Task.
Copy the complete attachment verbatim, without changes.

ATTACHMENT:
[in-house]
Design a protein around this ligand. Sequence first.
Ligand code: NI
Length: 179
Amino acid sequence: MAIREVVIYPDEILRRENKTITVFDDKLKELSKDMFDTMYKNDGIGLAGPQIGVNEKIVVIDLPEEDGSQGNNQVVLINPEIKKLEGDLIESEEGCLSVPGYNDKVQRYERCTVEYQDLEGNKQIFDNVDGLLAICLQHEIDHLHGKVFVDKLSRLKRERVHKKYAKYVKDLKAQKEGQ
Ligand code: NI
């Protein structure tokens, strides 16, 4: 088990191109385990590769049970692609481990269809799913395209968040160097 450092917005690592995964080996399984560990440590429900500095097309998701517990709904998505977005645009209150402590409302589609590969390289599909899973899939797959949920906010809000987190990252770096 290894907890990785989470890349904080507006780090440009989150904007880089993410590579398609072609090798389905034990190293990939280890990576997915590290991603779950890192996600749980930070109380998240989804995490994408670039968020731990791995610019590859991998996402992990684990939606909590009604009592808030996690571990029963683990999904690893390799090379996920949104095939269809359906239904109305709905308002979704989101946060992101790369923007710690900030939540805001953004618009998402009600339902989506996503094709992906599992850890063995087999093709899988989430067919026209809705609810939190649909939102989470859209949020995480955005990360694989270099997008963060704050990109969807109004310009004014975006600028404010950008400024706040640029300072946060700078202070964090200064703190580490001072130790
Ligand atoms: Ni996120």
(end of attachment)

[in-house]
Design a protein around this ligand. Sequence first.
Ligand code: NI
Length: 179
Amino acid sequence: MAIREVVIYPDEILRRENKTITVFDDKLKELSKDMFDTMYKNDGIGLAGPQIGVNEKIVVIDLPEEDGSQGNNQVVLINPEIKKLEGDLIESEEGCLSVPGYNDKVQRYERCTVEYQDLEGNKQIFDNVDGLLAICLQHEIDHLHGKVFVDKLSRLKRERVHKKYAKYVKDLKAQKEGQ
Ligand code: NI
């Protein structure tokens, strides 16, 4: 088990191109385990590769049970692609481990269809799913395209968040160097 450092917005690592995964080996399984560990440590429900500095097309998701517990709904998505977005645009209150402590409302589609590969390289599909899973899939797959949920906010809000987190990252770096 290894907890990785989470890349904080507006780090440009989150904007880089993410590579398609072609090798389905034990190293990939280890990576997915590290991603779950890192996600749980930070109380998240989804995490994408670039968020731990791995610019590859991998996402992990684990939606909590009604009592808030996690571990029963683990999904690893390799090379996920949104095939269809359906239904109305709905308002979704989101946060992101790369923007710690900030939540805001953004618009998402009600339902989506996503094709992906599992850890063995087999093709899988989430067919026209809705609810939190649909939102989470859209949020995480955005990360694989270099997008963060704050990109969807109004310009004014975006600028404010950008400024706040640029300072946060700078202070964090200064703190580490001072130790
Ligand atoms: Ni996120």